Alternate history is a fascinating little concept in of itself, displaying not only the power of the human imagination but also its willingness to either avoid the mistakes or emulate the successes of the past. What better playground for this kind of thinking, then, than that of the WWII horror computer game? Taking alternate history up to and beyond the limits of plausibility and scientific possibility, titles like Sniper Elite’s Nazi Zombie Army Trilogy and Return to Castle Wolfenstein offer some of the most enthralling, if somewhat ridiculously-premised alternative horror WWII action that money can buy.
Nazi Zombie Army 2 is Sniper Elite’s second venture into the alternative horror-history of the world, and it’s safe to say that it’s a corker. Its gameplay takes place across a series of levels, which are essentially like well-designed shooting ranges ranging in nature from expansive outdoors environments to enclosed, gloomy corridors. Progress through each level is blocked by several barriers, each being eliminated when you eradicate the last of each wave of zombies.
The use of the original Zombie Army’s mechanics and inventory here is a little disappointing, and playing this in any other mode than multiplayer simply isn’t that exciting. However, the fact that it uses the original’s mechanics also means that you get to engage in some extremely satisfying scenarios involving the planning of your attacks as well as leading your undead enemies into various shooting traps laid out for them.
Nazi Zombie Army 2’s positives by far outweigh the negatives. The range of sniper rifles, variation in enemy attackers, and variety of multiplayer scenarios grounded with classic Sniper Elite physics makes it a top pick for the alternative horror WWII games genre.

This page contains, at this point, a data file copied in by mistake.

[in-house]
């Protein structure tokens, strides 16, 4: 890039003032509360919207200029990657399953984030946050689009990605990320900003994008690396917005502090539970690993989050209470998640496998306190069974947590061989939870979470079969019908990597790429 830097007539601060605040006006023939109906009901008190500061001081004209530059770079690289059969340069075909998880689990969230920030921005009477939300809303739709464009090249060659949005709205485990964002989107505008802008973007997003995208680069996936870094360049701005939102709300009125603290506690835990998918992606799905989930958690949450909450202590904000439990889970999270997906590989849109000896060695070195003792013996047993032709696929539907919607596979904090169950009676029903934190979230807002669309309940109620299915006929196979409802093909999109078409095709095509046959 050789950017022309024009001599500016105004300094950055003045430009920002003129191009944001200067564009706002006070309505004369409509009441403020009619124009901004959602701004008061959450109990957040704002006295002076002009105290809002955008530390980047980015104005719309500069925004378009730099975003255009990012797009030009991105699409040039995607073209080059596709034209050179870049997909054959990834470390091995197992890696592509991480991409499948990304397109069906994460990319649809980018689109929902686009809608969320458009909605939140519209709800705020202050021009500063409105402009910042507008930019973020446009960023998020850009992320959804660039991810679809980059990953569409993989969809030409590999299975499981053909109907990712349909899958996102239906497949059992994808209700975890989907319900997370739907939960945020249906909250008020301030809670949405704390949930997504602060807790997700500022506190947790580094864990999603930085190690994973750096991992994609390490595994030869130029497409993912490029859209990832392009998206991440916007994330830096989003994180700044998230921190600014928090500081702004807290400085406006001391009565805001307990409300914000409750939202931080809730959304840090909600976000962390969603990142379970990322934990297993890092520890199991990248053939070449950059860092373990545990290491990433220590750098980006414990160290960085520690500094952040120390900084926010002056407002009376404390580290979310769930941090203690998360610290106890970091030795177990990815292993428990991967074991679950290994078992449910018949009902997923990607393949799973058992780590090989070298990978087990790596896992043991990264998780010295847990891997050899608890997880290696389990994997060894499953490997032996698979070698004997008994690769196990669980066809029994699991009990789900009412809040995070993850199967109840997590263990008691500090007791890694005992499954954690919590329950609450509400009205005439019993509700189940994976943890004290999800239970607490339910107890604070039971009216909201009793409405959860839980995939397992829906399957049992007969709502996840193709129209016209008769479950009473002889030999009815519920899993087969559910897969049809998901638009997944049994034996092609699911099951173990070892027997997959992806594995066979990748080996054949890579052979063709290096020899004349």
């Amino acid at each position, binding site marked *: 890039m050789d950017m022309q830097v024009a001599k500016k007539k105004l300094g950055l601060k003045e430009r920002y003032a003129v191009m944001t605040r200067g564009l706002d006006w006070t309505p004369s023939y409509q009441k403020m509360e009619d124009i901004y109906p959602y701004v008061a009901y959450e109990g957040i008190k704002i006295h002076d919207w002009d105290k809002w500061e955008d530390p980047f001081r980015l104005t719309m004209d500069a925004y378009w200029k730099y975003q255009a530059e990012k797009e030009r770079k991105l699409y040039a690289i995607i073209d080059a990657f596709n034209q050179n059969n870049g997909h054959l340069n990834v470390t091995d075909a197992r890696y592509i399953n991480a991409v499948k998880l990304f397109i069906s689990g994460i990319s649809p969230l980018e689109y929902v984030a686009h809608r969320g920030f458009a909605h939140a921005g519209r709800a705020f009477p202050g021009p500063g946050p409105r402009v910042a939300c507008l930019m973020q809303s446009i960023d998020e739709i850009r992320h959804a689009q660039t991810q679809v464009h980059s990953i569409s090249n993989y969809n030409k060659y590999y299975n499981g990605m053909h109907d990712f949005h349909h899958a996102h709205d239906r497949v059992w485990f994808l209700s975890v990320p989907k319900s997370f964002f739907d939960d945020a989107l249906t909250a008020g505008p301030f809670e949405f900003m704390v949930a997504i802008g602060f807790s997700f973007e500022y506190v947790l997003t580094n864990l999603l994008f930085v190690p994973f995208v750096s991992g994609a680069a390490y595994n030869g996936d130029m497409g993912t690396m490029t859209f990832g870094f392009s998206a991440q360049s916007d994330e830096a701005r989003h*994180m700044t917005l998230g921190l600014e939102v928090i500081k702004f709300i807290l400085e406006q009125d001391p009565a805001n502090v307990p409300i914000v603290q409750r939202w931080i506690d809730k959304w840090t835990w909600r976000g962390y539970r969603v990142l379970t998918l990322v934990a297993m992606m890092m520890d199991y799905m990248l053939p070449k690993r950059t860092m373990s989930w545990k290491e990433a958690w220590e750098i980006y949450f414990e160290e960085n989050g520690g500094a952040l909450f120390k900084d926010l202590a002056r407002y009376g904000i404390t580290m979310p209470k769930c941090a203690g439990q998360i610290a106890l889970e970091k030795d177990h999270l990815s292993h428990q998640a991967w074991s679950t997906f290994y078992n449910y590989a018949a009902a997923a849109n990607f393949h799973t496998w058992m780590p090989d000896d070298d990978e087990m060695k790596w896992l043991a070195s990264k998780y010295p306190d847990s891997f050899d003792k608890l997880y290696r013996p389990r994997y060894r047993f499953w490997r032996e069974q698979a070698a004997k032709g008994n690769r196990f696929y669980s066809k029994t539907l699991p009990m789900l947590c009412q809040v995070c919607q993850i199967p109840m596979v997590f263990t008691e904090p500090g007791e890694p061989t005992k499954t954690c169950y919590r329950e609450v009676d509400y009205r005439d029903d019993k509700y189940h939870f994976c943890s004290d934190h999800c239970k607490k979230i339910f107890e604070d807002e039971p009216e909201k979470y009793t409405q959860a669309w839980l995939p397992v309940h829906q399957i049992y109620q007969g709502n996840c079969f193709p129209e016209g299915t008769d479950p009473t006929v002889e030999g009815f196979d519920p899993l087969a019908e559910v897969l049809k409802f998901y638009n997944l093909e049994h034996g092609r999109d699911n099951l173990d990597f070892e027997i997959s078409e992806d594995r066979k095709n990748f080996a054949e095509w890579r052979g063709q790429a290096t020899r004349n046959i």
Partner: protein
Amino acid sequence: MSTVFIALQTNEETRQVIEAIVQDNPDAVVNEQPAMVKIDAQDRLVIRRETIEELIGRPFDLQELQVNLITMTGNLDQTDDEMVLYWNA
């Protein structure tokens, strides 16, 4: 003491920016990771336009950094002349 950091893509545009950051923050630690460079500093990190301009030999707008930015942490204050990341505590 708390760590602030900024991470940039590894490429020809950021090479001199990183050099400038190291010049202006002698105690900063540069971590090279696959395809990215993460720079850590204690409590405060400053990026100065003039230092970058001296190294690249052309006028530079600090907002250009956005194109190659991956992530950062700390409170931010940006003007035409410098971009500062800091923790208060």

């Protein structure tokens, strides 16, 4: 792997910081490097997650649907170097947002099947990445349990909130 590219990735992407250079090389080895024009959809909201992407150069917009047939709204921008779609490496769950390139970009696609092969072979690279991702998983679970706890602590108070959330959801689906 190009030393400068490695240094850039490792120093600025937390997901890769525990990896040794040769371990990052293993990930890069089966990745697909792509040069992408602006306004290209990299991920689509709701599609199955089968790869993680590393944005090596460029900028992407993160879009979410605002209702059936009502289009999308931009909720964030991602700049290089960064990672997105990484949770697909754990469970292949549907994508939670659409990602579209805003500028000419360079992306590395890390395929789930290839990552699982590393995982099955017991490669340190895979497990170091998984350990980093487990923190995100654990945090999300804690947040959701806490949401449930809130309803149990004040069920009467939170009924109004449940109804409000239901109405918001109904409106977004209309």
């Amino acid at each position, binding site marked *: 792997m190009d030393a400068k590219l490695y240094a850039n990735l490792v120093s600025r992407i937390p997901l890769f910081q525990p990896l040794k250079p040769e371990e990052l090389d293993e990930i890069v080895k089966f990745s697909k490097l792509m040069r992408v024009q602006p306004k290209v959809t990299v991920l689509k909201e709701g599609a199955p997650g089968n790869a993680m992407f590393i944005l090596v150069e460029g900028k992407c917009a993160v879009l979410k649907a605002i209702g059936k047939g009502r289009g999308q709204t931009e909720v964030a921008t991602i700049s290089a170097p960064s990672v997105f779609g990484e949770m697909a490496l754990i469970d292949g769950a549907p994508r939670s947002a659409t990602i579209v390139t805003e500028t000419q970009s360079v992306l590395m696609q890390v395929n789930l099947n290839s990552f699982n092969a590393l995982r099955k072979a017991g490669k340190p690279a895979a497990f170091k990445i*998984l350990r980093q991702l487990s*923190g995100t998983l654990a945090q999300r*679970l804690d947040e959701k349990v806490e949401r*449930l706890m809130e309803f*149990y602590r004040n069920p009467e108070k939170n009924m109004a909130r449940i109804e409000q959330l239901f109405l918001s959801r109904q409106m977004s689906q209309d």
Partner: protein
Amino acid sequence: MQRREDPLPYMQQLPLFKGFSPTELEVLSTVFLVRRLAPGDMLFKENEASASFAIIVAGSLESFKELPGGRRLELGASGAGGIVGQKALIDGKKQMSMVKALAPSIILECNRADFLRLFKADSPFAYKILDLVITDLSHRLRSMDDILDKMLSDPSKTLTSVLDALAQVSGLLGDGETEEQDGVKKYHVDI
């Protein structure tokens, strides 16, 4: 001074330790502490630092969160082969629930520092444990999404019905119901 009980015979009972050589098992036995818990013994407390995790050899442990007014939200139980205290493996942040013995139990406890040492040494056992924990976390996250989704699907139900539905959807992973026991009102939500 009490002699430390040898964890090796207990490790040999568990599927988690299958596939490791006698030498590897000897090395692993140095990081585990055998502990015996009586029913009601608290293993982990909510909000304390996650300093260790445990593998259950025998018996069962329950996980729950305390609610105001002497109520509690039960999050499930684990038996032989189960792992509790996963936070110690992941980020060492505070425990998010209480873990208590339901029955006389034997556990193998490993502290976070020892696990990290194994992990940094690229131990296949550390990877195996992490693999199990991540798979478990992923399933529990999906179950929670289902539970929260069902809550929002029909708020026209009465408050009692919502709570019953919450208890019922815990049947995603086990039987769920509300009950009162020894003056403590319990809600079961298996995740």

Zombie Army Trilogy
One of the main benefits of choosing Rebellion’s Nazi Zombie Trilogy over any of the games by themselves is the storyline. It’s not a compelling plot by any means, but the search for the artefacts said to be a catch-all remedy to the world’s zombie problem gives the gameplay a sense of purpose.
The centre of the game’s appeal remains, as it did so with the previous Sniper Elite games, in its sniping mechanics. The headshots required to put down your undead Nazi foes play out in slow-motion with a bullet-following camera. This makes each splattering headshot hugely satisfying to watch, not to mention puts Zombie Army Trilogy far ahead of its WWII alternative horror rivals like Nacht Und Nebel.
The horror-filled alternative history of the three games in this trilogy is in itself reason enough to play it making it one of the best alternative survival horror games for PC, but the trilogy means triple the fun as well as a multitude of weapons, gameplay modes, and enemy types to enjoy along the way.
There’s no doubt that this game has a novelty and nostalgic appeal for original Wolfenstein fans, but Return to Castle Wolfenstein is generally regarded as one of the greatest shooters of its time for a variety of reasons. Its plot involves a mish-mash of Nazi foes ranging from undead zombie Nazis to robotic members of the SS. Your foes are frequently terrifying in their appearance and their abilities, but things are helped by the fact that you encounter a range of historical and fictional weapons ranging from standard German pistols and SMGs to the powerful Tesla cannon.
RTCW’s multiplayer mode was also lauded for its innovative cooperative aspects as well as the different historical weapons available to each team. Though the graphics are dated compared to today’s titles – this includes Wolfenstein: The Old Blood – its gameplay holds its own and the soundtrack is nothing less than sublime.